Re: power

At 05:05 PM 3/20/96 -0800, you wrote:

>> I am a fourth year student with a question about Foucault. I am
>> trying to come to a conclusion as to why Foucault was so interested in
>> power. Can anybody out there help me out? I am just beginning to see how
>> magical his works are but am having trouble with the origins of his
>> interest surrounding this topic.
>> Thank you, Rich Clark
>> Richard Clark
>> Carleton University, Ottawa Can
>> email rtclark@xxxxxxxxxxxxxxxx
>> ----------------------------------------------------------------------
Foucault cared so much about power, because power (discourses,
tactics, techniques,
>practices, truths, forces, prohibitions, pleasures, etc.) is that which
>constructs(constitutes) subjects (human beings in their thoughts, desires,
>identities, behaviors and so forth). Power, for Foucualt, is an
> extraordinarily general phenomena.
> Greg Coolidge
> University of Calif., Riverside
> gcoolidg@xxxxxxxxxxxxxx

I should say 'power' is an extraordinarily general phenomena for
Foucault, and for most Foucauldians (Foucaultians). If one is a queer
theorist, 'power' becomes the hegemony of oedipal structures. If one is a
post-colonialist, it becomes the power of the dominant culture, etc., but
all theorists look to Foucault as the one who originated it all. I find
that the best of Foucault is found in his use of Nietzsche, Heidegger, and
Marx (though his use of the latter is almost obligitory considering the
tableau of ideas and thought in which he operated as a student and young
professor). There are a lot of other people/thinkers/philosophies lurking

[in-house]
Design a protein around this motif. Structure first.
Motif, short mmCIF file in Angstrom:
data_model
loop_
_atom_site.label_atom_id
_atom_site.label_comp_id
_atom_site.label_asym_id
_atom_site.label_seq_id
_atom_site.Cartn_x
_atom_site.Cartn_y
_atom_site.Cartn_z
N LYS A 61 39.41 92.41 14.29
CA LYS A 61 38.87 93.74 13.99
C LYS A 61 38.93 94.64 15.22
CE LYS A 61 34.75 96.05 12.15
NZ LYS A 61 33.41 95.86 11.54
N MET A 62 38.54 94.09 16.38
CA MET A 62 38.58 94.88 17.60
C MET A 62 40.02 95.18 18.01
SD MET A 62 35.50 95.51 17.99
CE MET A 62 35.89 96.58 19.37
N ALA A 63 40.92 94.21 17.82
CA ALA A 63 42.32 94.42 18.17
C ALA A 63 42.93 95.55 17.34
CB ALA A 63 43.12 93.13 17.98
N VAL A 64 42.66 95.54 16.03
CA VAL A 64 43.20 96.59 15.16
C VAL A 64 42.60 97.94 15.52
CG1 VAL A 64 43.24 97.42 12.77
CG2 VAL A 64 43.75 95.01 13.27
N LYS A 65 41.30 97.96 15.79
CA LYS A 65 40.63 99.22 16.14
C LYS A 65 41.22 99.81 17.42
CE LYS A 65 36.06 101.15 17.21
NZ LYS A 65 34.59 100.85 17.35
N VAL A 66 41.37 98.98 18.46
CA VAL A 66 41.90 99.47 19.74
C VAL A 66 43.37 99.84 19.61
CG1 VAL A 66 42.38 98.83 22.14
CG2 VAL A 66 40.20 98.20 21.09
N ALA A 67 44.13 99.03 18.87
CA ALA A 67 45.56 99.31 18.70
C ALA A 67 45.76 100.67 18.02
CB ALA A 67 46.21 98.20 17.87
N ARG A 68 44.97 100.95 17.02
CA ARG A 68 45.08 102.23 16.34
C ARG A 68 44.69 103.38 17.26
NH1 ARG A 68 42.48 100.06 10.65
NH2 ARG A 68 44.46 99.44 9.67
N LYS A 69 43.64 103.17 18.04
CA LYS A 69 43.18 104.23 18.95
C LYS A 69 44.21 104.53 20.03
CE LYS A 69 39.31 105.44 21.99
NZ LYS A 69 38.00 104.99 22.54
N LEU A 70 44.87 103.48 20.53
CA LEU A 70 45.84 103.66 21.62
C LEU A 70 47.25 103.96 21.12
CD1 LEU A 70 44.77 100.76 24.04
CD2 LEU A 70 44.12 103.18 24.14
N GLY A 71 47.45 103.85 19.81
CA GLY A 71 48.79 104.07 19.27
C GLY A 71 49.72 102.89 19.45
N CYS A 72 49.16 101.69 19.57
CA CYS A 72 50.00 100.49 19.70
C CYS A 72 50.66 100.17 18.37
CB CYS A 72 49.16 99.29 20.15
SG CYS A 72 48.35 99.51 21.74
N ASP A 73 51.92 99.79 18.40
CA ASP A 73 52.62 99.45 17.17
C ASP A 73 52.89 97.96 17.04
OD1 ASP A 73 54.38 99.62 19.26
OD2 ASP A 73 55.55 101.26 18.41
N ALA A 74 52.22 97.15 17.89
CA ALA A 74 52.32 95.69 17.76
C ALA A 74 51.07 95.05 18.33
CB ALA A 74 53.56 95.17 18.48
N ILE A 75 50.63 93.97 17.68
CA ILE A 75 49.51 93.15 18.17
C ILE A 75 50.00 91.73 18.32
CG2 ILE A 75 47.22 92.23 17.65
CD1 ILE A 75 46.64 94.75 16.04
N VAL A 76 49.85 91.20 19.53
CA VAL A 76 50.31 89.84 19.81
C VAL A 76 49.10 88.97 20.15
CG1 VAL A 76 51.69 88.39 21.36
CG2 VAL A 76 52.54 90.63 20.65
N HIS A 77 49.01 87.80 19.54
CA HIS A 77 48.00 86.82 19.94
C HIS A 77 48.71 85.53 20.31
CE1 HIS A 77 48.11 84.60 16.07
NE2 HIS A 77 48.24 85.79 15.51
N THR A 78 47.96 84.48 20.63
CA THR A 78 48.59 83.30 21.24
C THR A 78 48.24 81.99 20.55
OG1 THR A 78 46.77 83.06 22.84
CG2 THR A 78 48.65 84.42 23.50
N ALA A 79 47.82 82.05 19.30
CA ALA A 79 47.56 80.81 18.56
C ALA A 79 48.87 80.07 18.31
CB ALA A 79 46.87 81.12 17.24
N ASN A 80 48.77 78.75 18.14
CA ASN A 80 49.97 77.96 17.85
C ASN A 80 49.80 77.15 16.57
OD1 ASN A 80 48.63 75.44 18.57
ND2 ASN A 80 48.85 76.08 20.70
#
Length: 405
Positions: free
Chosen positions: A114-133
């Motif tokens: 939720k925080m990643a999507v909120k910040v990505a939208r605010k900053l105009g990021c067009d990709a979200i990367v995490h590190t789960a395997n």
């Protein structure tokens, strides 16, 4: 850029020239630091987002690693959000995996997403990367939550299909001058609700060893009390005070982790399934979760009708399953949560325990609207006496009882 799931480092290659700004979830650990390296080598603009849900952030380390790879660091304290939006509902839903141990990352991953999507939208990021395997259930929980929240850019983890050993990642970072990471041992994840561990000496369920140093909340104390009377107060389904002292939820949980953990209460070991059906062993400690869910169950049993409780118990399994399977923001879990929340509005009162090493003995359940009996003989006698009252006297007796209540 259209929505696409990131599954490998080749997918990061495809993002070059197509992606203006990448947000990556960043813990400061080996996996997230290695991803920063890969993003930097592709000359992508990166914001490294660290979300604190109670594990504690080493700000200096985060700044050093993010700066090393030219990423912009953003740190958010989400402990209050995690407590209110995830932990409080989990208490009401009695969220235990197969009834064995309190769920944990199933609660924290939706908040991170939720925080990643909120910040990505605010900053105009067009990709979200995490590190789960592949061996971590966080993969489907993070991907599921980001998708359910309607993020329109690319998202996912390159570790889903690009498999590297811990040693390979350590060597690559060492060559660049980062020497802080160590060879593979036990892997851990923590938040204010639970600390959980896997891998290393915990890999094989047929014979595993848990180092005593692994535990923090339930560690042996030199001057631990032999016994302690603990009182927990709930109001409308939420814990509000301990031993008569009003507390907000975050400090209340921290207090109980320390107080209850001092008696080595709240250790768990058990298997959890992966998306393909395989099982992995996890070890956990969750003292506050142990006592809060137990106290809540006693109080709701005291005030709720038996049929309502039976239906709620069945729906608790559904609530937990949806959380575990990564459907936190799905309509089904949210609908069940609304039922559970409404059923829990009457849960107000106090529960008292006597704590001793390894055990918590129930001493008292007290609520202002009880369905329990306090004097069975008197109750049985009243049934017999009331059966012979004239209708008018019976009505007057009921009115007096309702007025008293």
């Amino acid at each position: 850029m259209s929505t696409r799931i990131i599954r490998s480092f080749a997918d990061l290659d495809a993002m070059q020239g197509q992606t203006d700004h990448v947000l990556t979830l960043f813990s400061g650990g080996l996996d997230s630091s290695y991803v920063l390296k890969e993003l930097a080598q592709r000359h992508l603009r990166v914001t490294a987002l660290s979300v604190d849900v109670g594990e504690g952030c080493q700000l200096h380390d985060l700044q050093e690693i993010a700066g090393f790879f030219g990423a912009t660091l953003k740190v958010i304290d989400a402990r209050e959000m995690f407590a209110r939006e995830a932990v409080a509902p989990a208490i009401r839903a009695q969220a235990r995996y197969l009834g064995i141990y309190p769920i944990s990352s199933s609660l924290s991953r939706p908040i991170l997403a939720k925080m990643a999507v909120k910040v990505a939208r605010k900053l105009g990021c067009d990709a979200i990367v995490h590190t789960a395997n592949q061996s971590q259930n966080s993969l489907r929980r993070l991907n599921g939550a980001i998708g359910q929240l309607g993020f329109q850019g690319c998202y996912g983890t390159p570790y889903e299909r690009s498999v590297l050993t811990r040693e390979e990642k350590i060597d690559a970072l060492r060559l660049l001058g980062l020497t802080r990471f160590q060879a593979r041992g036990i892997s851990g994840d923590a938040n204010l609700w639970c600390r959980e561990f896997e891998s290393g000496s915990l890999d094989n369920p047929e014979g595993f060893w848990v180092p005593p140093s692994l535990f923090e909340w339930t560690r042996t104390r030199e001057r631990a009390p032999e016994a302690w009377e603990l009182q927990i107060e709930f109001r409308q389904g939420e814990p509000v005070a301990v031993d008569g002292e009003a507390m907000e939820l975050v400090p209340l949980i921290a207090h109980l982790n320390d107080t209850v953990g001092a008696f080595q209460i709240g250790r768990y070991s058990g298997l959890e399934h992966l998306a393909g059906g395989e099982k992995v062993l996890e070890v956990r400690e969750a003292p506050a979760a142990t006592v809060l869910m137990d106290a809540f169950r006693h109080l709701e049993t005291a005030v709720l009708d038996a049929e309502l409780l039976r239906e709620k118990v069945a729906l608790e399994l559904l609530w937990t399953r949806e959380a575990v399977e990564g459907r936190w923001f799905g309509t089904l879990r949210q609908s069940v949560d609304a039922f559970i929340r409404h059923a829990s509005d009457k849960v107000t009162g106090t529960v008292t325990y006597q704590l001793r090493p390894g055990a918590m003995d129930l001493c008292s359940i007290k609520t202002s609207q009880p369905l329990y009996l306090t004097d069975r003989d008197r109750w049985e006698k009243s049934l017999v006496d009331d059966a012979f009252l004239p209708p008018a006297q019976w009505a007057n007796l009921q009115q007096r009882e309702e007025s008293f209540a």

around in Foucault's idea of power, such as de Sade, Bergson, and Spinoza.
To take a less celebratory look at Foucault's 'concept' of power, it
seems to me that most discussions of power, whether they be from Foucault or
Foucaultians, sound a lot like Obi Wan Kanobee (spelling?) as he explains
"The Force" to Luke Skywalker in -Star Wars-: it is what gives us life, it
is what surrounds us. And it is everywhere, and so forth. Forgive the
paraphrase of Star Wars--it's been a while since I've had the time to watch
it. I am tempted to say 'please forgive the sarcasm,' but I would like to
see a more detailed investigation into Foucault's idea of power, especially
one which takes a look at Foucault's notion as something which is not a
positive value, but which is an enabling trope for Foucault. This would
make Foucault's concept something which is less philosophically "true" than
it is something discursive and useful for him as he sought to create a 'new'
and interesting philosophy.
I suggest that Foucault's use of this concept is more of a trope, or
way for him to begin writing, than it is something which has positive value.
I know that my position makes Foucault seem a lot less interested in
liberty, freedom, and domination, but it seems that for many years
Foucaultians have been talking about power, but that no tenable and common
understanding of it has been produced. I think it might be time to
understand Foucault in terms of his adherence to certain philosophical moves
and discourses than his constant resistance to anyone's version of oppression.

--James Stanger University of California, Riverside


Partial thread listing: